Checking virus transmission, by clearing used masks

T.P. Shaji collecting used face masks at Mararikulam South grama panchayat on Tuesday.

T.P. Shaji collecting used face masks at Mararikulam South grama panchayat on Tuesday.  

Man traverses roads, collecting and disposing of abandoned masks

With the outbreak of the COVID-19 pandemic and the government making wearing of masks mandatory, public places have been littered with used masks. But unsung heroes like

T.P. Shaji, an autorickshaw driver by profession, do their bit to avoid the health risk posed by abandoned masks.

For the past two weeks, Mr. Shaji has been setting out on his motorcycle every morning, wearing gloves and mask and carrying a bottle of hand sanitiser and a plucker, traversing roads and streets in Mannancherry, Aryad and Mararikulam South grama panchayats and nearby areas in search of discarded masks.

Mr. Shaji has so far collected and disposed of more than 1,500 used masks abandoned at public places. He says that after the government made face masks compulsory in public places, roads have been littered with masks, especially disposable ones, posing health and environmental risks.

Around 100 a day

“After the imposition of the lockdown, I have become jobless, unable to operate my autorickshaw. I was happy to join others in the fight against COVID-19. But it is disheartening to see discarded masks in public places, which have the potential for virus transmission. I started collecting used masks after realising the threat they pose to the public. On an average, I dispose of 100 masks a day. Of this, 95% are disposable masks,” says Mr. Shaji, who hails from Pathirappally.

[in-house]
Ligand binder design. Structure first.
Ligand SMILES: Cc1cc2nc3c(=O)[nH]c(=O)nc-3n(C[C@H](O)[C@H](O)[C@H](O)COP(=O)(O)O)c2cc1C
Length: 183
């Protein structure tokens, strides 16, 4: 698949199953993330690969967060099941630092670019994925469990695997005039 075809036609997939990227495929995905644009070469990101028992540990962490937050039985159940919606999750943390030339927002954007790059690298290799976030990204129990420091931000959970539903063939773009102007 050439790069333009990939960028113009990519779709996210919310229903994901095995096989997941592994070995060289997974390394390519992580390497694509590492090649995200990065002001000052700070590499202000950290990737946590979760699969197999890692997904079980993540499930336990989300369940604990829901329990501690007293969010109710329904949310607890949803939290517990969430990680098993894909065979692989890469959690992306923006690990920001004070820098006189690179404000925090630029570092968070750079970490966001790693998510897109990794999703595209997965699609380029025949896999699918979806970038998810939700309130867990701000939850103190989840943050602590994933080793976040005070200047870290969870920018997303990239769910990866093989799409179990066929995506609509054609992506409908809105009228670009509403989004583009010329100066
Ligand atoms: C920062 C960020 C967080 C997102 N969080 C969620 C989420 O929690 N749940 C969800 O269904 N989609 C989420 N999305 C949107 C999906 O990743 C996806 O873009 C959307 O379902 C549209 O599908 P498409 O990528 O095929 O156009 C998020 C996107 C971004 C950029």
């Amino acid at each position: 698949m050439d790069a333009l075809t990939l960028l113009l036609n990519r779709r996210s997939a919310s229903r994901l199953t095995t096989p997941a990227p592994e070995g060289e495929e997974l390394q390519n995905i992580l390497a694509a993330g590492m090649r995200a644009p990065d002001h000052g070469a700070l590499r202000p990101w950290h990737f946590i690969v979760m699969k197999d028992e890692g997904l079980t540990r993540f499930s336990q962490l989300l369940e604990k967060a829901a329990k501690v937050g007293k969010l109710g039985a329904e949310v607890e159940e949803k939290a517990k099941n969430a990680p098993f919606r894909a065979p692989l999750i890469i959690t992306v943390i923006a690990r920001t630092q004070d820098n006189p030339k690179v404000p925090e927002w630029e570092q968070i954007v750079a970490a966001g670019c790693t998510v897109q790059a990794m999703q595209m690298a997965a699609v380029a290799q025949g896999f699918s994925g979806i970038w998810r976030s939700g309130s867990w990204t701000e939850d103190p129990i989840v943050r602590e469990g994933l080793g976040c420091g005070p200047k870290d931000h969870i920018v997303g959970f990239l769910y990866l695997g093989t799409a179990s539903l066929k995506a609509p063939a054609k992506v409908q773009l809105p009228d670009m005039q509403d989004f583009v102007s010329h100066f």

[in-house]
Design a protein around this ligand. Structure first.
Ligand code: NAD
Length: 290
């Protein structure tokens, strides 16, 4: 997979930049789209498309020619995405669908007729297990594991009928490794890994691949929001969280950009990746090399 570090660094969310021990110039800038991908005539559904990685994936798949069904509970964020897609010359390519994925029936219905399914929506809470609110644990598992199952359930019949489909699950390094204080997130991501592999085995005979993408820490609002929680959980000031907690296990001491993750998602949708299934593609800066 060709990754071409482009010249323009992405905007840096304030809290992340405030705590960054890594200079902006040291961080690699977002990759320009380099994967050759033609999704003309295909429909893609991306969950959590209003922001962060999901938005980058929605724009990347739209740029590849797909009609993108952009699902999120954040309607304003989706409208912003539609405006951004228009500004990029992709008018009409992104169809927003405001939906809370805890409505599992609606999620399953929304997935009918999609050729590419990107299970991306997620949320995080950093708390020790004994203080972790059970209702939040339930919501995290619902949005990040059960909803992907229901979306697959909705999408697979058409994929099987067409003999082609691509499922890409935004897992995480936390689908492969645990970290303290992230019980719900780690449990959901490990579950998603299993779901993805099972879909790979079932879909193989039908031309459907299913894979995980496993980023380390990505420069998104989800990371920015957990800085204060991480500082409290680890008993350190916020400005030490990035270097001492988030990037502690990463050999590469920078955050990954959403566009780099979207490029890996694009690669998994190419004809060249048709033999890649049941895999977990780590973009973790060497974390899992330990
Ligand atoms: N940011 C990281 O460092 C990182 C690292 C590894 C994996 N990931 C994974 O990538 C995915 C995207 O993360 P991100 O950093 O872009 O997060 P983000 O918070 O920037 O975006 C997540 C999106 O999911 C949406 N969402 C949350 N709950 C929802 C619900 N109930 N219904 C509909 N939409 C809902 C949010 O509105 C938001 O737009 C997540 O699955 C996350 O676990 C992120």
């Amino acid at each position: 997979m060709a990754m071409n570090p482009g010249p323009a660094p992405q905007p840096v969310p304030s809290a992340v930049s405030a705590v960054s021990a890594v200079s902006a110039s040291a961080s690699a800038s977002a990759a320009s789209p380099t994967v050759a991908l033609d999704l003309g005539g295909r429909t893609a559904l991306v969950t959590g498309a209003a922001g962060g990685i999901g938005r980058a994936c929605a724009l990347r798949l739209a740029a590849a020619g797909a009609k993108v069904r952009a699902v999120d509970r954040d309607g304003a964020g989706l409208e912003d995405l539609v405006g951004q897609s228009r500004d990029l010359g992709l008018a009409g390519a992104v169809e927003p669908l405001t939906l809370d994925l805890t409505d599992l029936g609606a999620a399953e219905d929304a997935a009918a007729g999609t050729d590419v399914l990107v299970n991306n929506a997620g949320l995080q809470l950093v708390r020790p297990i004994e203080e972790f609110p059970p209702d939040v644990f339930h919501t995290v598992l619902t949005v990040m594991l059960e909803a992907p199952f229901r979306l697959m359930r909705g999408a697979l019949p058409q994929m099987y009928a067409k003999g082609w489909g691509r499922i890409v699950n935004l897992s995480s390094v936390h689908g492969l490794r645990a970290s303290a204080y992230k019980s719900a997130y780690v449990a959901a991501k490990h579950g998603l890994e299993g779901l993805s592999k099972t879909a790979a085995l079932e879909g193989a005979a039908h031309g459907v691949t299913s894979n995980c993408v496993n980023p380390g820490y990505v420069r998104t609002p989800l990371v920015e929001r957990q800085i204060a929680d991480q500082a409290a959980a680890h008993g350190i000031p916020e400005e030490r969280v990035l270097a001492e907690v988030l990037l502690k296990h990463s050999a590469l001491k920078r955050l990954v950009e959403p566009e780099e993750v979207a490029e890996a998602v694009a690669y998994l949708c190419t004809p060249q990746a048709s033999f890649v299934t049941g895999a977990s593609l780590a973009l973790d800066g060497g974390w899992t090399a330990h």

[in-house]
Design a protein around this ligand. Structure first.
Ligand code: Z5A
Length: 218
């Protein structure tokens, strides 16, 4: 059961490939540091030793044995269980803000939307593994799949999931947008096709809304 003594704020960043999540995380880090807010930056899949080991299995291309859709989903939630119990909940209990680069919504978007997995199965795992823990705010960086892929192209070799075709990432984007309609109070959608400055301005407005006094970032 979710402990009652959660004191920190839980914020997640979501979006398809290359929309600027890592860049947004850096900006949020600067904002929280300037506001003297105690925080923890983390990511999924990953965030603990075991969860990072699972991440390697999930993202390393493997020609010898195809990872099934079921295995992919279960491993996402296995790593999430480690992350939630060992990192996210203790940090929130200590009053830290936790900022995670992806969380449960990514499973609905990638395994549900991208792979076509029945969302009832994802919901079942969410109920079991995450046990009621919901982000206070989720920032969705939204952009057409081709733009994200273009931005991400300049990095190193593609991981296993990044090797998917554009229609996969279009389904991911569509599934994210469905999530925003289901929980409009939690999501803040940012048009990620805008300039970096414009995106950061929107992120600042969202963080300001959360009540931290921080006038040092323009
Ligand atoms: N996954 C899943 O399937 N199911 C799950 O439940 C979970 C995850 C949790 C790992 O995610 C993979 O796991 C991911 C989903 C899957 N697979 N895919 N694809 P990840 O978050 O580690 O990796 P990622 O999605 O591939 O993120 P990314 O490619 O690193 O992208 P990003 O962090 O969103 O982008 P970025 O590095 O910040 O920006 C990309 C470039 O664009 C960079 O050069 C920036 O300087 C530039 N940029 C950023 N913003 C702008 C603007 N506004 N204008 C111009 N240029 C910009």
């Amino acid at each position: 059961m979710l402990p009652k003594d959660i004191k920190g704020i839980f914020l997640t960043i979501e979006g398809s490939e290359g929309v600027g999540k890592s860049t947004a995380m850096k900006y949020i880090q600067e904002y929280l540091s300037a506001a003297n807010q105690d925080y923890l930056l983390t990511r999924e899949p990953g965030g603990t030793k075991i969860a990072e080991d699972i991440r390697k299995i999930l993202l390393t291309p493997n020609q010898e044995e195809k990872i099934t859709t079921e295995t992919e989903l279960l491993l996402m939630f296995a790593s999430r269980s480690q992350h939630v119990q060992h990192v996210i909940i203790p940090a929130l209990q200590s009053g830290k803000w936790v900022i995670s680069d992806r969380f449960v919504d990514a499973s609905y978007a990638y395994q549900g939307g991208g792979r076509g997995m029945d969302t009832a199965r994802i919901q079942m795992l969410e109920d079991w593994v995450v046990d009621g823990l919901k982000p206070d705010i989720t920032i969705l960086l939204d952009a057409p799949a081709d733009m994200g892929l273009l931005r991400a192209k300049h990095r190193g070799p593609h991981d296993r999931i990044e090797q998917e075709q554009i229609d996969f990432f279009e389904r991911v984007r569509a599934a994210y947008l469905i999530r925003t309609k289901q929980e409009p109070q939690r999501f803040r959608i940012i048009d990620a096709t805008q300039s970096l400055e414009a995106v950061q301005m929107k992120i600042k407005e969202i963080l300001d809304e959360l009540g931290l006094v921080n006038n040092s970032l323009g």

After gathering masks, he takes them to a secluded land and burns them. Mr. Shaji says though burning masks is unscientific, he is forced to resort to it in the absence of a proper mechanism. “The government should do more to create awareness and educate people about the risk involved in dumping masks in public. It should also deploy volunteers to collect used masks and set up measures to dispose of them in a scientific manner,” he says.

‘Cloth masks advisable’

P.S. Shajahan, Additional Professor of Pulmonary Medicine, Government Medical College, Alappuzha, suggested using reusable cloth-based masks. “Masks are an important tool in the fight against COVID-19. But discarding them in the open will result in health and environmental hazards. The best solution to the issue is to use reusable masks,” Dr. Shajahan says.

Recommended for you
This article is closed for comments.
Please Email the Editor

Printable version | Jul 5, 2020 10:54:49 AM |

Next Story